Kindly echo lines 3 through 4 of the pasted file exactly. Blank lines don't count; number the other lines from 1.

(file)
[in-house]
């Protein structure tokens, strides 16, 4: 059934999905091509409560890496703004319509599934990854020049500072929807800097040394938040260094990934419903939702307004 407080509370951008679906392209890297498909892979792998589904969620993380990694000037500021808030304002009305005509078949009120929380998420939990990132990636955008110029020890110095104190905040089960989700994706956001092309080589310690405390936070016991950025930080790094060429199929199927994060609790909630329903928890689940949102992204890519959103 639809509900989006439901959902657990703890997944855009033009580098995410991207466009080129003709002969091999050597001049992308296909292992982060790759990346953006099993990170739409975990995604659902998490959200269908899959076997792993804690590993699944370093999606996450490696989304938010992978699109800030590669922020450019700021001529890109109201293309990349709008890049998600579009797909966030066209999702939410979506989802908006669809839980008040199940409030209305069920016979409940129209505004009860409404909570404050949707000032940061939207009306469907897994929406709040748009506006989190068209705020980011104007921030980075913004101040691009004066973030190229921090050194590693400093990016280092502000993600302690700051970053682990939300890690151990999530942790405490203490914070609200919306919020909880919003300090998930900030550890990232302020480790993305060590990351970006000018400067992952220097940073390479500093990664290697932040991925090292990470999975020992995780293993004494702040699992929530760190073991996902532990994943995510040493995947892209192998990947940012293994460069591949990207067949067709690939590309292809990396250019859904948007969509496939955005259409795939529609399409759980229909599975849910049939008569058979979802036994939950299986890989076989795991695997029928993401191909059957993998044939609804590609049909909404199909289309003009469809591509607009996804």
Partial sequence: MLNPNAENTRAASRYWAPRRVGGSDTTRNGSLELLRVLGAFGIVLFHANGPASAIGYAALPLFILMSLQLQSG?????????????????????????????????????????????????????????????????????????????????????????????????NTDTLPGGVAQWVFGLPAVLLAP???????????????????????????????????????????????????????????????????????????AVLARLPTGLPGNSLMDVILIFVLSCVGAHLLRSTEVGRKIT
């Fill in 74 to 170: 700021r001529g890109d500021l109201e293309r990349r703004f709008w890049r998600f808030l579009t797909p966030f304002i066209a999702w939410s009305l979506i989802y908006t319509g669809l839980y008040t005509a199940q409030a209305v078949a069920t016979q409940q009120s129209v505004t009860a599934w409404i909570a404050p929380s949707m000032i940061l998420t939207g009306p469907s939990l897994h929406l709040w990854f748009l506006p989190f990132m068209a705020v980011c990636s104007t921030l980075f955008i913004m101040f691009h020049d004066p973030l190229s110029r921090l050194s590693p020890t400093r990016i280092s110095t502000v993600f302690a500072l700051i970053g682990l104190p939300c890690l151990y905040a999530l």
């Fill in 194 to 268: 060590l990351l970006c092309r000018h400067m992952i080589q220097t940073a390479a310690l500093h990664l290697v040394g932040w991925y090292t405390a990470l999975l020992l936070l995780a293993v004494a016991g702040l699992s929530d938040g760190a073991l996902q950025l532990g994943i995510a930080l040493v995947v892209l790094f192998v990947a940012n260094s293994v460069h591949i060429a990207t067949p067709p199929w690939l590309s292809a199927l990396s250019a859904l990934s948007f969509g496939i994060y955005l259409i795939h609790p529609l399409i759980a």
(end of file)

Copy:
Partial sequence: MLNPNAENTRAASRYWAPRRVGGSDTTRNGSLELLRVLGAFGIVLFHANGPASAIGYAALPLFILMSLQLQSG?????????????????????????????????????????????????????????????????????????????????????????????????NTDTLPGGVAQWVFGLPAVLLAP???????????????????????????????????????????????????????????????????????????AVLARLPTGLPGNSLMDVILIFVLSCVGAHLLRSTEVGRKIT
């Fill in 74 to 170: 700021r001529g890109d500021l109201e293309r990349r703004f709008w890049r998600f808030l579009t797909p966030f304002i066209a999702w939410s009305l979506i989802y908006t319509g669809l839980y008040t005509a199940q409030a209305v078949a069920t016979q409940q009120s129209v505004t009860a599934w409404i909570a404050p929380s949707m000032i940061l998420t939207g009306p469907s939990l897994h929406l709040w990854f748009l506006p989190f990132m068209a705020v980011c990636s104007t921030l980075f955008i913004m101040f691009h020049d004066p973030l190229s110029r921090l050194s590693p020890t400093r990016i280092s110095t502000v993600f302690a500072l700051i970053g682990l104190p939300c890690l151990y905040a999530l």